The Lake Township trustees have approved an agreement with Perrysburg and Troy townships that will provide immediate back-up service between the townships’ fire departments on calls involving structure fires.
Under the agreement approved Tuesday, the townships will provide tanker trucks immediately to help each other with structure fires in areas where there are no fire hydrants or a reliable water supply.
Lake Township has a similar agreement with the Allen-Clay Joint Fire District, said Todd Walters, township fire chief, and with the City of Northwood.
“This should help us get 15,000 gallons of water on the road right away,” he told the trustees.
He estimated about one-half of the southern portion of the township is without hydrants.
He said the area will be mapped out and provided to emergency dispatchers.
The township’s insurance rating should improve because of the agreement, Walters told the trustees.
In February, the trustees approved an automatic aid policy for the township to assist the Northwood Fire Department with structure fires.
That agreement calls for the township fire department to automatically send a fire engine from station 1 on Walbridge Road and a rapid intervention team from station 2 on Ayers Road to all reported structure fires in the portion of Northwood covered by the city’s station on Wales Road – primarily the eastern end of the city.
A township tanker will also be dispatched to fires on Fostoria Road and parts of Williston and Curtice roads where there are no hydrants.
The Northwood department, in turn, will automatically send an engine to all reported structure fires in the township and in certain commercial areas the city will also respond with a ladder truck.
In November, 2010, the trustees approved a response agreement with the Allen-Clay district for structures.
By February of this year, Lake Township had responded to eight fires in the district’s jurisdiction and the district had responded to 12 fires in the township, Chief Walters said at the time.
Radar policy opposed
A letter formally asking the Village of Walbridge Police Department to not post a radar patrol car at the Lake Township Fire Department station on Walbridge Road will be presented to the board of trustees at the board’s first meeting in September.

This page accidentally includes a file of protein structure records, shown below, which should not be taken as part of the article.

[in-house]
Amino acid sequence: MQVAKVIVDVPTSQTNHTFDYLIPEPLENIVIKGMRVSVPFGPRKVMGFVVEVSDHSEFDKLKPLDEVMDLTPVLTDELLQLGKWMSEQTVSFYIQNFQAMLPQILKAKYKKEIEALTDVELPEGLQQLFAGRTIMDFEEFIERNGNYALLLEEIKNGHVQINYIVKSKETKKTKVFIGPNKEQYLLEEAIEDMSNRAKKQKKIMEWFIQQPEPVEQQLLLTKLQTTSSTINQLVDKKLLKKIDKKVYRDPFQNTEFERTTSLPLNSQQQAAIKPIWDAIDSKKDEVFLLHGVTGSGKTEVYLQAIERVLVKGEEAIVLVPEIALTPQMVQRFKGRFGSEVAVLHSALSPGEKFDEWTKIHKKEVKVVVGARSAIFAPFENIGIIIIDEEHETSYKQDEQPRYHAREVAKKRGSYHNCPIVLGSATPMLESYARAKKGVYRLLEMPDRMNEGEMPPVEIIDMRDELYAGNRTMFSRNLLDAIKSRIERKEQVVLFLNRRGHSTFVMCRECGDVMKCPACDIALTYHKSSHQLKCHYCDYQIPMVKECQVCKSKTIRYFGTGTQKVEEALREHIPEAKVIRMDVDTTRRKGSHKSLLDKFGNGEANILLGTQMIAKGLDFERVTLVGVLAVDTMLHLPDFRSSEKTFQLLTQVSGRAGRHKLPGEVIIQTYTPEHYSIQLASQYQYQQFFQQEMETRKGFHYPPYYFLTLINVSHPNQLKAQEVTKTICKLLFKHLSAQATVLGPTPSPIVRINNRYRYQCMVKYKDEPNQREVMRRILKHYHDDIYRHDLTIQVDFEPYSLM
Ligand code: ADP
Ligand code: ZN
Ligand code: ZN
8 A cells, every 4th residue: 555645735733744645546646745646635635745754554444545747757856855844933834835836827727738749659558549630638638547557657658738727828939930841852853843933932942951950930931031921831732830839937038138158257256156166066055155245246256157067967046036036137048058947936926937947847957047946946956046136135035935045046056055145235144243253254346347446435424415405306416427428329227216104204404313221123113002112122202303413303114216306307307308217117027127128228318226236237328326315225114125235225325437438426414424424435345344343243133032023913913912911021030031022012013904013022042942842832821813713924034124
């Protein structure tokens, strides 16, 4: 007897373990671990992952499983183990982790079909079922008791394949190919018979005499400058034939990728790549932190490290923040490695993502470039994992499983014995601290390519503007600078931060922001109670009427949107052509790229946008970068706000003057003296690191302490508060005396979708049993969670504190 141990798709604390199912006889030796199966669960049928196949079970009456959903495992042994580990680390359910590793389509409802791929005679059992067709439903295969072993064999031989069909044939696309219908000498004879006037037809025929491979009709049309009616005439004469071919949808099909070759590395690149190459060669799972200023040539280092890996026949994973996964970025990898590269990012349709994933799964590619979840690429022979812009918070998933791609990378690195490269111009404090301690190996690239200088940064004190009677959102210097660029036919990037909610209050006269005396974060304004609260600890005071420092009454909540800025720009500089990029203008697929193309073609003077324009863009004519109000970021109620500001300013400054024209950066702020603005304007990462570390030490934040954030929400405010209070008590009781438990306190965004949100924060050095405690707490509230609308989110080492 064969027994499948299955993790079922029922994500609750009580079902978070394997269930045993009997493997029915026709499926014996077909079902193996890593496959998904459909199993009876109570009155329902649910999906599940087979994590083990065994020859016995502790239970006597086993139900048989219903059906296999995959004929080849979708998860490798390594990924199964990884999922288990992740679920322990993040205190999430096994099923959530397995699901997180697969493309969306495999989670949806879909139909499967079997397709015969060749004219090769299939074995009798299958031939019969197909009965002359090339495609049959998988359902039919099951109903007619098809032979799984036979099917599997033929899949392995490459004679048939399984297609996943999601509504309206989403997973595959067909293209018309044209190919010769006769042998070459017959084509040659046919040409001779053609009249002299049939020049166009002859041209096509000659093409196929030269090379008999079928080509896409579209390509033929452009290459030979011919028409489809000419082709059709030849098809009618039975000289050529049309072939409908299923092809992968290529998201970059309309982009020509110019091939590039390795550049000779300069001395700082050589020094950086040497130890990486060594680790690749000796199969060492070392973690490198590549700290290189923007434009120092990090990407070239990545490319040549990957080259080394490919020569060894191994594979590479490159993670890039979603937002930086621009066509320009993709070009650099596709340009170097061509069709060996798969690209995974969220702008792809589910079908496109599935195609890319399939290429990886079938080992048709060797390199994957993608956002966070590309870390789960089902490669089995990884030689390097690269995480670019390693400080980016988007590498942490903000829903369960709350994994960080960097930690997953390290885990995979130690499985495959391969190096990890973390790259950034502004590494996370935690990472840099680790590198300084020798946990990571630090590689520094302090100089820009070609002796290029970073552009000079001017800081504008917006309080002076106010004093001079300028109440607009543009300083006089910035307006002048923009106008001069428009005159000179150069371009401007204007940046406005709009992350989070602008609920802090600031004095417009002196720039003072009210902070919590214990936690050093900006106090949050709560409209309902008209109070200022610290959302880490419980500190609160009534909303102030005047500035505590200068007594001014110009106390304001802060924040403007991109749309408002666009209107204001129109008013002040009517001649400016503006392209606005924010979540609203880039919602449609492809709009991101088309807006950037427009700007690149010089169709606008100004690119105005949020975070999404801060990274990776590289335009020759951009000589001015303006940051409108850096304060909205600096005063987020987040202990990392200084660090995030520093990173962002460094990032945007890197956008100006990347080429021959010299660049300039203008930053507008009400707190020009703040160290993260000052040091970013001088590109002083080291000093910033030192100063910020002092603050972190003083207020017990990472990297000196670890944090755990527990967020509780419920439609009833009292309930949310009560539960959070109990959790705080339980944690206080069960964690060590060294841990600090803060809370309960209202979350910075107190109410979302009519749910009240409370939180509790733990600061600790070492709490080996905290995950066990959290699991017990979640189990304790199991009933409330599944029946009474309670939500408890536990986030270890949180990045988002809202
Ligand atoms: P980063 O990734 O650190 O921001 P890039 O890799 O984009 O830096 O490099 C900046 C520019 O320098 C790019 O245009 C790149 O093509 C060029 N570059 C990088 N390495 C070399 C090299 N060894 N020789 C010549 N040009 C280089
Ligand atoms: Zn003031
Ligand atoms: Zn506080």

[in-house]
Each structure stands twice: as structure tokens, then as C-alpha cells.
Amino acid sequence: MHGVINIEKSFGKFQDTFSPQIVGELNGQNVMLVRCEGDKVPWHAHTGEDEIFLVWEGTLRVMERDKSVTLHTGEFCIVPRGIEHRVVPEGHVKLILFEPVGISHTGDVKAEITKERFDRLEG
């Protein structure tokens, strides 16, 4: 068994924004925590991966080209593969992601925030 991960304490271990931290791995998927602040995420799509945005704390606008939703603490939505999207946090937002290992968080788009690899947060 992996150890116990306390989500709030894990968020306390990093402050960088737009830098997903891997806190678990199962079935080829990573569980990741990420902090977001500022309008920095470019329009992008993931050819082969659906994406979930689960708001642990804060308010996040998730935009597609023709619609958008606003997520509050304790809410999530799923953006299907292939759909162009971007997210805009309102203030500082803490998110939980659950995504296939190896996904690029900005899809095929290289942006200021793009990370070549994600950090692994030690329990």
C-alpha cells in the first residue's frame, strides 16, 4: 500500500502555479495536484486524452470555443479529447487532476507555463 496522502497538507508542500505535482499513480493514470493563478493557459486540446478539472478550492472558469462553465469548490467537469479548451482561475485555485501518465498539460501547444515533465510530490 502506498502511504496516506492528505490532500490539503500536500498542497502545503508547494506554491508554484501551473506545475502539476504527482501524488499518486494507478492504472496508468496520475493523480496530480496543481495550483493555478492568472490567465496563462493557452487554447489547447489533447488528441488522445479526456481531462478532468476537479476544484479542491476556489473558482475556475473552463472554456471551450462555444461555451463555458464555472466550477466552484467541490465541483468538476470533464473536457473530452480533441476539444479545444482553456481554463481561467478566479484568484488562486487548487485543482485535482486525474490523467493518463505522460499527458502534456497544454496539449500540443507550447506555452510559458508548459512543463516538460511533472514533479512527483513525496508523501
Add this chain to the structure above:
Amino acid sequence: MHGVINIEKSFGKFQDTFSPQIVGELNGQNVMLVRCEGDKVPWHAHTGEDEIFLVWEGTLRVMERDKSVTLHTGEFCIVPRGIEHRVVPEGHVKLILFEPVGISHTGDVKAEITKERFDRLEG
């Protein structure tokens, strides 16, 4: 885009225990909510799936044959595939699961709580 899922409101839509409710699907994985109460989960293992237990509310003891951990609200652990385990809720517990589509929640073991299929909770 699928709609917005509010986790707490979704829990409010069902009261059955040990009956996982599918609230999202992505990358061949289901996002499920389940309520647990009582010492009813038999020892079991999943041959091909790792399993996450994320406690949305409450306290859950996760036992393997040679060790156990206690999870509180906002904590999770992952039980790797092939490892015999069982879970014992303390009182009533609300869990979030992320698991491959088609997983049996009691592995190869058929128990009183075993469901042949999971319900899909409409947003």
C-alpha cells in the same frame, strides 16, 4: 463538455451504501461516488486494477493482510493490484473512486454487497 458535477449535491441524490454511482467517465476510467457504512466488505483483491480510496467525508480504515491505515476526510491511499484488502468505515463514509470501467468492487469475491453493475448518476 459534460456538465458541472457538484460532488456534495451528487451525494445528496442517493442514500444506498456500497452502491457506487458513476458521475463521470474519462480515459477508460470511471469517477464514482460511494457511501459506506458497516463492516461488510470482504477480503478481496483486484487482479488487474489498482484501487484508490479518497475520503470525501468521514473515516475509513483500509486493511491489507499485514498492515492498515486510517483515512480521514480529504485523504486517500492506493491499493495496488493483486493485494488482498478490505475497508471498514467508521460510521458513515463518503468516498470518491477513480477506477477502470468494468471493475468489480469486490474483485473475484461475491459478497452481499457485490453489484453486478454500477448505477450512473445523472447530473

Melanie Bowen, who chairs the board, said after Tuesday’s meeting she plans to have the letter written for consideration by the board after receiving a few complaints from residents.
Bowen, herself a resident of Walbridge, said she’s asked Walbridge Mayor Dan Wilczynski and Police Chief Ken Frost to end the practice of having a patrol car equipped with radar monitoring Walbridge Road traffic while parked at the fire station, which is on township property.
But as recently as the week before the trustees’ Aug. 21 meeting there was a village radar patrol cruiser at the station, she said.
“I’ve asked to have them not do that but they still were,” Bowen said. “So we’ll put it in writing.”
For motorists on that stretch of Walbridge Road, the speed limit can be confusing. On the west-bound lane into the village from the I-280 overpass the limit drops to 25 mph at the village line. The portion of the east-bound lane in the township has a speed limit of 55 mph.
Richard Welling, a trustee, said he and fellow trustee Ron Sims have also received complaints from village residents.
He said he supported sending a letter to the village administration.
“It makes it look like we’re working with the village to give residents tickets and we’re not,” Welling said.
Email messages left with Mayor Wilczynski and Chief Frost for comment were not returned.